Business tycoon and former politician Bernard Tapie and his wife Dominique Tapie were attacked by robbers in their mansion near Paris, in the early hours of Sunday morning.
The couple were tied up with electrical cord and beaten by a gang of four men.
Ms Tapie managed to free herself and made her way to a neighbour's home, from where she called the police.
She needed hospital treatment for several blows to the face.
"She is doing well," grandson Rodolphe Tapie said.
The robbers "pulled her by the hair because they wanted to know where the treasure was," said Combs-La-Ville mayor Guy Geoffroy.
"But of course there was no treasure, and the fact that they didn't find one made the violence only worse."
Police are treating Sunday's incident at the Tapies' home in Combs-la-Ville near Paris as a violent robbery and kidnapping.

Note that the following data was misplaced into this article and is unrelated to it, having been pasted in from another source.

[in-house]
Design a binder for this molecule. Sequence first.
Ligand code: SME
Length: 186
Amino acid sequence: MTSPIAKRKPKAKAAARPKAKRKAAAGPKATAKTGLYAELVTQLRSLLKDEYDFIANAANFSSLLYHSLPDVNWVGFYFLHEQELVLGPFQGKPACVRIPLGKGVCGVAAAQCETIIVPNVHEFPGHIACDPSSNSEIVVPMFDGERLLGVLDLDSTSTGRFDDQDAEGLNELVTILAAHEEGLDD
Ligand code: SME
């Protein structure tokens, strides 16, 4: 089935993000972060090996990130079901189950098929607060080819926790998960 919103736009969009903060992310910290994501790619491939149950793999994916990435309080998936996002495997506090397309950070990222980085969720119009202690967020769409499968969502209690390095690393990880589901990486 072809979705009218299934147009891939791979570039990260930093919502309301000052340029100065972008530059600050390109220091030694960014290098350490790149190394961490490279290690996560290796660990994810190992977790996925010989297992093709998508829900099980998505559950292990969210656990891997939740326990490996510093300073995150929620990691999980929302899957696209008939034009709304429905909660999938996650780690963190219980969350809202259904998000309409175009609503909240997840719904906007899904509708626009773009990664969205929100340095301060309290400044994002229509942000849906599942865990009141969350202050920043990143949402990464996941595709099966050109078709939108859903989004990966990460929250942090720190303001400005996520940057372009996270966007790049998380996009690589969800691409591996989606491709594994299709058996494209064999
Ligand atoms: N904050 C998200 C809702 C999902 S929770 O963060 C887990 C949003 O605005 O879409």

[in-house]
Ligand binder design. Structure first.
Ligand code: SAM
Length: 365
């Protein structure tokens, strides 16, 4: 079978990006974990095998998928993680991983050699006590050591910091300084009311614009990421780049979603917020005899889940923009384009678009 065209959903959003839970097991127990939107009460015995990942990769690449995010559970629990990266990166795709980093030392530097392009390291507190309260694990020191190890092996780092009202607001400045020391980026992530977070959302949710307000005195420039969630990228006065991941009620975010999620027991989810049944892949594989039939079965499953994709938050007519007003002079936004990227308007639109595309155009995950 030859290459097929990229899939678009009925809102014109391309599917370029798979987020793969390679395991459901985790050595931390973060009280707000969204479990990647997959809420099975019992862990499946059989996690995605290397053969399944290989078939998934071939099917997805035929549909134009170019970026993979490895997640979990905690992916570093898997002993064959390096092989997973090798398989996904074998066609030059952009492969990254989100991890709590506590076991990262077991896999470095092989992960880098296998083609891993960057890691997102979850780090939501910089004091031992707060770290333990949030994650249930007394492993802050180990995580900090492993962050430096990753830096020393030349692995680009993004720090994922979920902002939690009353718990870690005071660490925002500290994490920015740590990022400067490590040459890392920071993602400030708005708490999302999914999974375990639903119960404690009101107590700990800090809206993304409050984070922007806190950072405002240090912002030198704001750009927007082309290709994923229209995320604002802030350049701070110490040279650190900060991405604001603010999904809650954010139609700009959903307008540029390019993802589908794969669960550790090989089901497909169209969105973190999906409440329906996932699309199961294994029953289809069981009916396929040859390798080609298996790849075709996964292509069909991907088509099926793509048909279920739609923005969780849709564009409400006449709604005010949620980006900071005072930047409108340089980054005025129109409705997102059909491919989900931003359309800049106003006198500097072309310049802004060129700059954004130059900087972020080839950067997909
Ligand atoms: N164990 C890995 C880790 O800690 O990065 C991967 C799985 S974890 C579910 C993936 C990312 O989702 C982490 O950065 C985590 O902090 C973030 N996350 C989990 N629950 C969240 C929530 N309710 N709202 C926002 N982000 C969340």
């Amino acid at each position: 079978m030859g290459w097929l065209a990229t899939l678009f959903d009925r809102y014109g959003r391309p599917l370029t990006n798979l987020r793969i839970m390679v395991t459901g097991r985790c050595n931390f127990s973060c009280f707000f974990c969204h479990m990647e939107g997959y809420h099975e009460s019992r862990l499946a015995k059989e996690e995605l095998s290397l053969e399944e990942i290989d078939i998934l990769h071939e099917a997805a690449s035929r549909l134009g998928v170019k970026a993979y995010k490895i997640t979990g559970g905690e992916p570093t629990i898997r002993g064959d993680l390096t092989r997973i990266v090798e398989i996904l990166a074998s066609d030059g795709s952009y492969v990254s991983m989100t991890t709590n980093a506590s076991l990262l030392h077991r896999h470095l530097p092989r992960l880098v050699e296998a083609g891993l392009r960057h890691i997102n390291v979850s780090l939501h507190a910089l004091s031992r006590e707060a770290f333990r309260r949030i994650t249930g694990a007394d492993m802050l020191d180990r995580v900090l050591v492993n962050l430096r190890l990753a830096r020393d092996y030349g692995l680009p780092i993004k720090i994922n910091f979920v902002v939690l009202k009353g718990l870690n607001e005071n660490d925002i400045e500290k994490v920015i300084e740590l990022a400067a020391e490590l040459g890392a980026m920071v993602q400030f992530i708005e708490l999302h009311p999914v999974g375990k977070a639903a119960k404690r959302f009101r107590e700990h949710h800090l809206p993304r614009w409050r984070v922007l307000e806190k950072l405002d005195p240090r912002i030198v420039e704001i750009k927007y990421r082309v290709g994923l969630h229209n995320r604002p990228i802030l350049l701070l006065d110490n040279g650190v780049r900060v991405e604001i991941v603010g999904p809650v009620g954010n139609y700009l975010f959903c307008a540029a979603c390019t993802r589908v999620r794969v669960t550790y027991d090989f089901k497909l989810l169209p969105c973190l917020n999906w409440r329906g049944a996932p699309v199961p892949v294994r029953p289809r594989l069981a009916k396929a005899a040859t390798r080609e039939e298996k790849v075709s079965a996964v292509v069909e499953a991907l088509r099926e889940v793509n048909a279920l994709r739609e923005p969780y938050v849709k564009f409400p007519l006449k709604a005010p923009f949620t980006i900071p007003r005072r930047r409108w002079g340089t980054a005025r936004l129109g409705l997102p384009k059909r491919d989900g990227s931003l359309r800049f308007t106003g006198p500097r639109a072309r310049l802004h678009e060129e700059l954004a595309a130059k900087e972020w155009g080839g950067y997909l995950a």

Mr Tapie, 78, was hit on the head with a club, prosecutor Beatrice Angelelli said, but he declined to be taken for medical care.
The burglars broke into the Tapie home, a vast estate known as the Moulin de Breuil, through a first-floor window, undetected by the guards.
They made off with two watches, including a Rolex, earrings, bracelets and a ring, according to a source close to the investigation.
Mr Tapie was a Socialist minister who rose from humble beginnings to build a sporting and media empire, but later ran into a string of legal problems.
He would regularly flaunt his wealth, including the buying of a 72-metre yacht and a football club, Olympique de Marseille, which won the French championship while he was owner.
He was briefly minister for urban affairs in Francois Mitterand's government in 1992.
Mr Tapie was found guilty in a series of cases for corruption, tax fraud and misuse of corporate assets, went to prison for five months and was stripped of the right to stand in any election in France.
After his release from prison in 1997, he added showbiz to his various activities, trying his hand at acting, singing and hosting radio and TV shows.
In 2012 he also became a media boss, taking over southern French daily La Provence and other newspapers.